WHO highlights obesity as a threat to health and the environment at the World Festival of Youth and Students


Opening of “The Environment and Health” session World Festival of Youth and Students

In October 2017, the Russian Federation hosted the 19th World Festival of Youth and Students by the shores of the Black Sea, in the Olympic village of Sochi. Over 25 000 young people and over 10 000 volunteers from more than 100 countries participated in this large international youth event.

The WHO European Office for the Prevention and Control of Noncommunicable Diseases (NCD Office) participated in the opening of the section of the Festival entitled “The Environment and Health”. Within this section, it also conducted a session dedicated to overweight and obesity, highlighting the threats posed by these conditions to people’s health as well as the planet.

NCDs and adolescents

Professor Veronika Skvortsova, Minister of Health of the Russian Federation, Mr Sergey Yastrebov, Deputy Minister of Natural Resources and Environment of the Russian Federation, Dr João Breda, Head of the NCD Office, and Ms Alanna Armitage, Regional Director for Eastern Europe and Central Asia of the United Nations Population Fund, opened the section “The Environment and Health”. The speakers discussed various aspects of adolescent health and the role young people can play in protecting their own health, population health and the health of the environment.

“Nearly two thirds of premature deaths and one third of the total disease burden in adults are associated with conditions or behaviours that began in their youth,” said Dr Breda. “By using innovative approaches young people can provide a novel perspective to NCD prevention and control. For example, they can engage with different communities and share information about NCDs, lead programmes to promote healthy behaviours, and contribute to education and awareness initiatives while advocating for high-level policy changes.”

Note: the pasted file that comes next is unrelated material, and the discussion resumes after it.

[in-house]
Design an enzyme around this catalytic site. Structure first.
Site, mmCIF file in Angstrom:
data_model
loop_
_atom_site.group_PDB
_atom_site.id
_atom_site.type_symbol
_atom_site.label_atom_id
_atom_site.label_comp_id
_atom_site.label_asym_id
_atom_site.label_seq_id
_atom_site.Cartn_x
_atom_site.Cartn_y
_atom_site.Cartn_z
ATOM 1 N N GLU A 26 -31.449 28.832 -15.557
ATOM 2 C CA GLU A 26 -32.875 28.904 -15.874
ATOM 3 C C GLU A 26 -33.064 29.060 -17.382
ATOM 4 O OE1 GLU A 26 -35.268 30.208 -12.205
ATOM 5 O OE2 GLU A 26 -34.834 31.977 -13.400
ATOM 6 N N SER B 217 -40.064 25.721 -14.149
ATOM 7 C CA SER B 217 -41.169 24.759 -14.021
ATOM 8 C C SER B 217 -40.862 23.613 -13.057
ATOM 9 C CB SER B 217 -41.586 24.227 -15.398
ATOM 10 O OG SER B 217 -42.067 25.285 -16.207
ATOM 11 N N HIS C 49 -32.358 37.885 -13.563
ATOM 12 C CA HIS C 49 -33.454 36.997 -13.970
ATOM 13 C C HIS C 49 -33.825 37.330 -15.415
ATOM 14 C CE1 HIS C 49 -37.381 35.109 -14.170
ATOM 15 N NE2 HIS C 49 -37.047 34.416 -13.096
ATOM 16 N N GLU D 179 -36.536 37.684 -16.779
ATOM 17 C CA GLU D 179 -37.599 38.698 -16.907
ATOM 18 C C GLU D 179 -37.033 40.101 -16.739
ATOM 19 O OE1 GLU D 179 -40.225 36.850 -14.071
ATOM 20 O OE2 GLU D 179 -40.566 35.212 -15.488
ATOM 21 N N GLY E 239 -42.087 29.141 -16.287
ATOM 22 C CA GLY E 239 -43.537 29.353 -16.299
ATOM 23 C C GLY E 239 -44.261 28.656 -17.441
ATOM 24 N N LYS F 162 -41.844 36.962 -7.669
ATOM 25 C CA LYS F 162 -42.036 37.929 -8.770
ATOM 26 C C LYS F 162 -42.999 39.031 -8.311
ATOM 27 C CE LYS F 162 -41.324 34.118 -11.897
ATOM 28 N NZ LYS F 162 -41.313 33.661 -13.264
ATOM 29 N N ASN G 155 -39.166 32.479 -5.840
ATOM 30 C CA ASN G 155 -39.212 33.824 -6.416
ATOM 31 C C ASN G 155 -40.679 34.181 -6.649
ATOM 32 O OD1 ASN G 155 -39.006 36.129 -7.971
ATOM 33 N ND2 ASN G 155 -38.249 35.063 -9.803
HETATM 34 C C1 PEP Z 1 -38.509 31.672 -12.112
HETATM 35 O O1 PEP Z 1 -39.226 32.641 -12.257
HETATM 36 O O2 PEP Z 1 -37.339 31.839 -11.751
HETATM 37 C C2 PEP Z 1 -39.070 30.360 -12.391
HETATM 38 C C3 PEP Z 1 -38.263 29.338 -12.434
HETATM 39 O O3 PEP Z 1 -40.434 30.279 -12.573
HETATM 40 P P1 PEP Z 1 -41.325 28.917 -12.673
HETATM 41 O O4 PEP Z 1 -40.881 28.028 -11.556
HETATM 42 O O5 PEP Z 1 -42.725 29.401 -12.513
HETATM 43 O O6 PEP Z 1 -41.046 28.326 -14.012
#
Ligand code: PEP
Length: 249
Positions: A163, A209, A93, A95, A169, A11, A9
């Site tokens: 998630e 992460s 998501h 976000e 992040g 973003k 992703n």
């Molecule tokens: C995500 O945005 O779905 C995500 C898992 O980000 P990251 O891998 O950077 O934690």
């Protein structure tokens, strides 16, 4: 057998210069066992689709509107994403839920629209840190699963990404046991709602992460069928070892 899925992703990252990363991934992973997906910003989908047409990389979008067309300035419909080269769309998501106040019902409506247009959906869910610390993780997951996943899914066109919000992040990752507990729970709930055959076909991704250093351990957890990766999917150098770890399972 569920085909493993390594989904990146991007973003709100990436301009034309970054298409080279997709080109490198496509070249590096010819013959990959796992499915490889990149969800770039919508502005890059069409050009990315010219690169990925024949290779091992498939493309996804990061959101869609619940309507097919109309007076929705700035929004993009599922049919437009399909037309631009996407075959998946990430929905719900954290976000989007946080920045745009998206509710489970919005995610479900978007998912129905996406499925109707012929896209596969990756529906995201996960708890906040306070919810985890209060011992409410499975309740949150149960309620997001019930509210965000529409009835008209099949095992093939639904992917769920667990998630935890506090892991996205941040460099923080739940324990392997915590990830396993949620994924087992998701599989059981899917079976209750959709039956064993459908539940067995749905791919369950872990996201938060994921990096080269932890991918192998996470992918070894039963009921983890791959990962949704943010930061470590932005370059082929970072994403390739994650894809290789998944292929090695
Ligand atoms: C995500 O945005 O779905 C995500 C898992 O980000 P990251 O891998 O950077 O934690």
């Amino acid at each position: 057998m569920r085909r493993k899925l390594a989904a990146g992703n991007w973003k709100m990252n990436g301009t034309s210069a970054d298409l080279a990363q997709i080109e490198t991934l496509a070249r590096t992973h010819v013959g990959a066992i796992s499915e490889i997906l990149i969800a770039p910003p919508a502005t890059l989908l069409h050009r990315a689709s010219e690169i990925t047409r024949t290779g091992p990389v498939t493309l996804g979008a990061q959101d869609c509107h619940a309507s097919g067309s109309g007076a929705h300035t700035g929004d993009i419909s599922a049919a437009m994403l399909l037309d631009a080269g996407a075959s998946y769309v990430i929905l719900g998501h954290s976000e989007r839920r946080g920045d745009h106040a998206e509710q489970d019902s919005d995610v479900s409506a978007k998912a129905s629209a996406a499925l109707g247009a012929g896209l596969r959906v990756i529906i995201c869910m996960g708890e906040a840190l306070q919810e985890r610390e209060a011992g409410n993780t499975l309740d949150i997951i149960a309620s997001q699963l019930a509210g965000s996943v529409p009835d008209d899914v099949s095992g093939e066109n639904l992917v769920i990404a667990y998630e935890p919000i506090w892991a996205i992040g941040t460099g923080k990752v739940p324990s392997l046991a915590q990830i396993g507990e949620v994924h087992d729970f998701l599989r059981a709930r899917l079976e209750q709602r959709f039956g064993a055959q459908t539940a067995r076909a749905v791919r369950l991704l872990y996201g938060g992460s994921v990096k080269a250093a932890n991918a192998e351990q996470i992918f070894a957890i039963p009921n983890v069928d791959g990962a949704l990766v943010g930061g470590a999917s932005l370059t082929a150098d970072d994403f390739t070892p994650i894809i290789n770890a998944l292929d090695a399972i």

Obesity: a threat to health and the environment

For the first time in human history, overweight and obesity affect more people than underweight. Not only do these conditions pose a threat to the health of individuals and populations, but they also have harmful effects on the environment.

The NCD Office ran a session at the Festival to build participants’ understanding of overweight and obesity as a global health challenge of the 21st century, and to demonstrate the interconnection between obesity, nutrition, physical activity, the environment and sustainable development.

Obesity may lead to severe consequences and to premature mortality from heart diseases and stroke, diabetes and several cancers. In the 1980s, just over 5 million children and adolescents were considered obese. Now, this figure exceeds 60 million. Most of them will not outgrow obesity.

Unhealthy nutrition and physical inactivity are the key risk factors of overweight and obesity. Importantly, there is also a complex interconnection between obesity, the health of the environment and climate change.

Unhealthy and unbalanced diets – those with too much fat, sugar and salt, and with a lack of vitamins, micronutrients and fibres notably due to low intake of fruit and vegetables – are harmful for people’s health. These types of diets have a direct impact on the agriculture sector and what it produces. This in turn affects the environment, as the agriculture sector, including the livestock industry, is the world’s second-largest greenhouse gas emitter after the energy sector. It is also the biggest driver of both climate change and loss of biological diversity.

Insufficient physical activity is one of the leading factors for disability and premature mortality worldwide. Regular physical activity of moderate intensity, such as walking, cycling or doing sports, has significant benefits for both health and the environment. People using active means of mobility in their everyday lives – pedestrians and cyclists – contribute to the reduction of greenhouse gas emissions caused by the transportation sector. Thus, by burning some calories and improving their own health, they also contribute to environmental protection.

Towards the achievement of Sustainable Development Goals

The session concluded by emphasizing the close relationship between different aspects of sustainable development, such as health and the environment. Obesity and its key risk factors of unhealthy diets and physical inactivity are just a small part of this complex set of interconnections.

Building the awareness of young people on the issues of sustainable development is an essential aspect of the work of United Nations agencies. “Young people have a tremendous role to play in transforming our societies for the future we want by taking actions and protecting population health and the planet,” said Dr Breda. “They play a tremendous role in driving forward the Sustainable Development Goals.”